The History of Embroidery

By Sharon S. on June 20, 2012 11:16 AM | | Comments (0)

City of Gahanna Promotional ApparelEmbroidery, the art of decorating fabric or other materials by stitching designs using thread or yarn, is an important part of the promotional products and apparel business. You've seen how we embroider in-house and have learned about the helpfulness of sew-outs, but do you know the history of embroidery itself?

The Beginning of Embroidery

The exact origins and the beginning of embroidery are unknown, but examples survive from ancient China, Egypt and Northern Europe. In addition to string, materials such as jewels, stones, beads and bones* have been used to embellish fabric.

Embroidery was first done by hand, a laborious and time-consuming task, but, as evidenced by objects such as the Bayeux Tapestry, the results are astounding. Since hand-sewn embroidery took so much time, it used to be considered a symbol of wealth, as only the rich could afford it.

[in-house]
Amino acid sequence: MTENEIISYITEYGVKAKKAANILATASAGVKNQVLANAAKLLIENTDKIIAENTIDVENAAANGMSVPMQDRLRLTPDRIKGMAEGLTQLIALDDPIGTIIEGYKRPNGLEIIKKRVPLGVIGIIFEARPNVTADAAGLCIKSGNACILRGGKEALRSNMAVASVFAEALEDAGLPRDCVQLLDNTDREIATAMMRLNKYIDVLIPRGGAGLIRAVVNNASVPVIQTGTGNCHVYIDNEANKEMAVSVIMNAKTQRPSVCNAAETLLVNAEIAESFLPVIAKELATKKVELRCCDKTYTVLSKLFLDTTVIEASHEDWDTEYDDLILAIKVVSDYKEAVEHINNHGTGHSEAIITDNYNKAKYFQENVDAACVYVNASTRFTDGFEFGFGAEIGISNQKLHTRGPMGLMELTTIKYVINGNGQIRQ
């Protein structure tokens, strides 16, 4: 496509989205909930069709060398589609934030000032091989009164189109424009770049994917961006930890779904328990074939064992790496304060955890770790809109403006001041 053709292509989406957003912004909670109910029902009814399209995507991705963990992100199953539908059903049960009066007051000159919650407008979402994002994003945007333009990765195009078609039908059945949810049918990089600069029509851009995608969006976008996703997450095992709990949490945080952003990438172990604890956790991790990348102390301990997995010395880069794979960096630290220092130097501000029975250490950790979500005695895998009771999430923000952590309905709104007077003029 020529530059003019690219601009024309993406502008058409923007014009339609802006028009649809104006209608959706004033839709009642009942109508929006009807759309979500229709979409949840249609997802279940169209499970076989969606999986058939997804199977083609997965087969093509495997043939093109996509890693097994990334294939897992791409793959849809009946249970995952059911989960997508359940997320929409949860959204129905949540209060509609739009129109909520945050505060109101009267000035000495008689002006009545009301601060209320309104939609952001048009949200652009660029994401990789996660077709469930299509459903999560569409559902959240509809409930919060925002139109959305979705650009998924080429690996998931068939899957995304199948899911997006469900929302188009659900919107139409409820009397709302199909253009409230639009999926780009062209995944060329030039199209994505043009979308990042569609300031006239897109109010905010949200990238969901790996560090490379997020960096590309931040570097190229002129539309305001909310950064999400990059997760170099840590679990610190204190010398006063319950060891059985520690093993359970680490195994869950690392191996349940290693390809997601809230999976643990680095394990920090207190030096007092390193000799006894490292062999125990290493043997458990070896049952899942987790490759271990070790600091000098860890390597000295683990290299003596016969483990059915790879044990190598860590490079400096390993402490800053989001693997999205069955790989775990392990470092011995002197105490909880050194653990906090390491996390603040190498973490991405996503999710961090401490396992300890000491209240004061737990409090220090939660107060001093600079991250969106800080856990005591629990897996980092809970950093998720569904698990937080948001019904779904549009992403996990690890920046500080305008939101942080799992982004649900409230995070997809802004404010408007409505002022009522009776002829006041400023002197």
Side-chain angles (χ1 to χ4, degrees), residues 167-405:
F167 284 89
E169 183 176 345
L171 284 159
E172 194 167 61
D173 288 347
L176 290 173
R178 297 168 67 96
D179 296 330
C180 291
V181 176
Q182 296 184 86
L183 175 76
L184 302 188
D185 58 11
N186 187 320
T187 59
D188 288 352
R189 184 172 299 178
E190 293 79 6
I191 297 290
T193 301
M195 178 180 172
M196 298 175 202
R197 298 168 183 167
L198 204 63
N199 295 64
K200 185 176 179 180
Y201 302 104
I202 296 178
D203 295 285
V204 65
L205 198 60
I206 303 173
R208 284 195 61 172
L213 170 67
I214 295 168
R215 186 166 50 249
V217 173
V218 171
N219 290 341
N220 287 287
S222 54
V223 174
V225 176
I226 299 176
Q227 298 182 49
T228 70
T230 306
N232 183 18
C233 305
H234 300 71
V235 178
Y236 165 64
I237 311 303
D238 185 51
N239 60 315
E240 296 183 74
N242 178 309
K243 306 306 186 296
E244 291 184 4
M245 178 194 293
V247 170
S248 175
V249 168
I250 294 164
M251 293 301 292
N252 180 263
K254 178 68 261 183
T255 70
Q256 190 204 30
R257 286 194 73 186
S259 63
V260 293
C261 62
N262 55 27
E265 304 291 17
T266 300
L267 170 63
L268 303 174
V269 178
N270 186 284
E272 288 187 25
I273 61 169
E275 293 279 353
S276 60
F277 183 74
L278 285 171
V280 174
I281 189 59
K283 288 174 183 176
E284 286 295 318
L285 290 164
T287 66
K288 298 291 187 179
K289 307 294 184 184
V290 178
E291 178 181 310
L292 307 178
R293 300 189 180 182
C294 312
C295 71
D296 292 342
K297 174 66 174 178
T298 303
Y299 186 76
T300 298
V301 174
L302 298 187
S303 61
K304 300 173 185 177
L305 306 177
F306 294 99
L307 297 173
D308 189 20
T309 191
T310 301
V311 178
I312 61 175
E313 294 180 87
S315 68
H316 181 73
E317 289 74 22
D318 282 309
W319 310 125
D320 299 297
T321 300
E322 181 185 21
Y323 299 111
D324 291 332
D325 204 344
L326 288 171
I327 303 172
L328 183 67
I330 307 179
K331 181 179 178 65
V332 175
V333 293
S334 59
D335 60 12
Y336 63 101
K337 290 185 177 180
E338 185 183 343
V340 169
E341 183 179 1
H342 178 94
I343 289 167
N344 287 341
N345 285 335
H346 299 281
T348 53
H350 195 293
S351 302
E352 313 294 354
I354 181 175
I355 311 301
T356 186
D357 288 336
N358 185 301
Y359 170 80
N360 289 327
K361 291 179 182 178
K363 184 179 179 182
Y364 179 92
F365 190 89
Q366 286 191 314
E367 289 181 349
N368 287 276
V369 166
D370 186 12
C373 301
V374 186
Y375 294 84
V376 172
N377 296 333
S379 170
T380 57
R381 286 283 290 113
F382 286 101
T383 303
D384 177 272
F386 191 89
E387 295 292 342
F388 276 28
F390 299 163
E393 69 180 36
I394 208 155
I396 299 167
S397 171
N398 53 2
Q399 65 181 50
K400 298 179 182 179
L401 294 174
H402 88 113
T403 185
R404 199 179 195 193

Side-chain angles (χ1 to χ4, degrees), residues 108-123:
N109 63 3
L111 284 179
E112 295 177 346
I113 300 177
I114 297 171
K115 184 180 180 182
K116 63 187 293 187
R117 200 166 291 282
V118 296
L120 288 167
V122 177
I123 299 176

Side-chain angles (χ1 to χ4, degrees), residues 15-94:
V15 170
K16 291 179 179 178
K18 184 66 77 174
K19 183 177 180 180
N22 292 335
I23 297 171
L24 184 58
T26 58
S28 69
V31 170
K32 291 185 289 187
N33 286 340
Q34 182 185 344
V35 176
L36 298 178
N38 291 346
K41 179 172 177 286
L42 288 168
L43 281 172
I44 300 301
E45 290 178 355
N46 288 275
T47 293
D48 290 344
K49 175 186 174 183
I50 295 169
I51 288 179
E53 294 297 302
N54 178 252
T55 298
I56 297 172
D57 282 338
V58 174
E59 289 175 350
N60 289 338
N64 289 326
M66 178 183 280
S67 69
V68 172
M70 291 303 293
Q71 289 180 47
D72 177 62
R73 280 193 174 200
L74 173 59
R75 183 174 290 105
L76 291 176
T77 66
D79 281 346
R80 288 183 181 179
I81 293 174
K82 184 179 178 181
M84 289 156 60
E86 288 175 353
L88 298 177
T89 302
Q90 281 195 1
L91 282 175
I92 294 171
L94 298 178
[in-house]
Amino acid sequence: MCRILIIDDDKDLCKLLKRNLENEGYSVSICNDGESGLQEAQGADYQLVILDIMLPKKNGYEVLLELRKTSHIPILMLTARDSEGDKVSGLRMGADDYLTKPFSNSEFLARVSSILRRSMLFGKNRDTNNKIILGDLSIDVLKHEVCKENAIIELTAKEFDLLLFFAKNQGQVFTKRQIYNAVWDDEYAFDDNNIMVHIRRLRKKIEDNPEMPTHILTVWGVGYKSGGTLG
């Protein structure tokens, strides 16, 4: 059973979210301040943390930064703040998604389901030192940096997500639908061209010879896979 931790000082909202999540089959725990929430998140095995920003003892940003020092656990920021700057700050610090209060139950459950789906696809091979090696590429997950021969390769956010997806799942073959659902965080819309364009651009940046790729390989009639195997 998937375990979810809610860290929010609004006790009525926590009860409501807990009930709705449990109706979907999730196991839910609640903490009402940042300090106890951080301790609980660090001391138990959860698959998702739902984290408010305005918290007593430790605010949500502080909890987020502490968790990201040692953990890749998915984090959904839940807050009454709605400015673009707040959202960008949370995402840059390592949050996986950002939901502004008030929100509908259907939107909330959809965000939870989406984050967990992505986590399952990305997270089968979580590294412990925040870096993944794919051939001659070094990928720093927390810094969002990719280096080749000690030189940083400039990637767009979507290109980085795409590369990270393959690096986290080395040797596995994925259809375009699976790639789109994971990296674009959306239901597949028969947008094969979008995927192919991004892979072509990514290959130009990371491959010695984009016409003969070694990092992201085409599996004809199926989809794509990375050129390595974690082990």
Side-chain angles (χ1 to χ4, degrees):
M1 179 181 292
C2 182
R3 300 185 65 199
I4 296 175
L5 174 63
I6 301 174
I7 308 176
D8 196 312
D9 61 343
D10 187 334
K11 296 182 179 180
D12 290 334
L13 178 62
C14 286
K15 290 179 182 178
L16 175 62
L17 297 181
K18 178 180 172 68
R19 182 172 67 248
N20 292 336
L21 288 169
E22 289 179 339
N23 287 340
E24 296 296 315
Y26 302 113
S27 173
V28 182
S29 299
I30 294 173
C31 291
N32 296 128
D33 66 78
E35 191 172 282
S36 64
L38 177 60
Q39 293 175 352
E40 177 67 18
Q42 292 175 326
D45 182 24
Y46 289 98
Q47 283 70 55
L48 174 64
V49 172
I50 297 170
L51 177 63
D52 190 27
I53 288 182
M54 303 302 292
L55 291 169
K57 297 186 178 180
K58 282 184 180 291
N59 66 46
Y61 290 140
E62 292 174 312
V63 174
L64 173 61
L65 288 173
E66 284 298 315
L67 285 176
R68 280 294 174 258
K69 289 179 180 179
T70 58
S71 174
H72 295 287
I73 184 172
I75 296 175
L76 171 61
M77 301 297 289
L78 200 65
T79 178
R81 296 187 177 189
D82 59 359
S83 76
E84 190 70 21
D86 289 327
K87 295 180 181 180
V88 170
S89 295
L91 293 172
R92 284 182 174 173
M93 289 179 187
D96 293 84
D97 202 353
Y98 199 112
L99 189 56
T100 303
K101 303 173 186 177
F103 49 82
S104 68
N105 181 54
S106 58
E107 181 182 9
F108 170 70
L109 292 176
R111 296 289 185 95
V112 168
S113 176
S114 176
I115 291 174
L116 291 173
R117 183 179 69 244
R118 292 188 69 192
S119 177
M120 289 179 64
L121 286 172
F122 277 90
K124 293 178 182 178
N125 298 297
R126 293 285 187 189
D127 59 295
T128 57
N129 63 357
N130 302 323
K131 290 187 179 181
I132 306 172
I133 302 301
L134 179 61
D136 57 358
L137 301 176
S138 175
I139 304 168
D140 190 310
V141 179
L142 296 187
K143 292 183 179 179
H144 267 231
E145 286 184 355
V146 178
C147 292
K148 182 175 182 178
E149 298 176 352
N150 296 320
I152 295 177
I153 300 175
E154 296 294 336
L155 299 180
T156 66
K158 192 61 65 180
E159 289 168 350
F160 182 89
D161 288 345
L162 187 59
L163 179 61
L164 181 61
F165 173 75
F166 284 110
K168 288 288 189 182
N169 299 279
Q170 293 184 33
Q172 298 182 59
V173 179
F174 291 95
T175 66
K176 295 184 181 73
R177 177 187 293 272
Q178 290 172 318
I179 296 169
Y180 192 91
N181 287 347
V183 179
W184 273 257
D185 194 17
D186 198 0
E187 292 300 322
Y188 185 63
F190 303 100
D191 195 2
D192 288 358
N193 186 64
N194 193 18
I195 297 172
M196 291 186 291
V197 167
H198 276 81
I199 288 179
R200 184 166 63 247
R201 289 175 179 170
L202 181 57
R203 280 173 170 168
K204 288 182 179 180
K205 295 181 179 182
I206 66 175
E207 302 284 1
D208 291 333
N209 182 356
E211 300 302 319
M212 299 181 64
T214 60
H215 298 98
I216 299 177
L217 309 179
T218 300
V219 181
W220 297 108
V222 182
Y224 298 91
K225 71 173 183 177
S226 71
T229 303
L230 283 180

The Industrial Revolution and Embroidery

The embroidery industry was revolutionized in 1828, when Joshua Heilmann from Mulhouse improved the design of a hand embroidery machine. This began a chain of events ultimately leading to the development hand-powered embroidery looms in the late 19th century. Soon, many more machines were manufactured and by the beginning of the 20th century, the availability of embroidery on clothing and fabric greatly expanded, driving prices down and the amount of products up.

Embroidery in the 21st Century

Today, thanks to computerized, multi-head embroidery machines, designs that were once hand-sewn can be mass-produced. Artwork can easily be "digitized" (scanned and turned into a set of points that tell the computer how to stitch the design), uploaded to an embroidery machine and used to add logos, monograms and other patterns to everything from decorative household items to embroidered blankets and promotional apparel.

*We only use thread at Leaderpromos, but our manufacturers can embellish your apparel with beads, sequins and more - but alas, no bone. Sorry!

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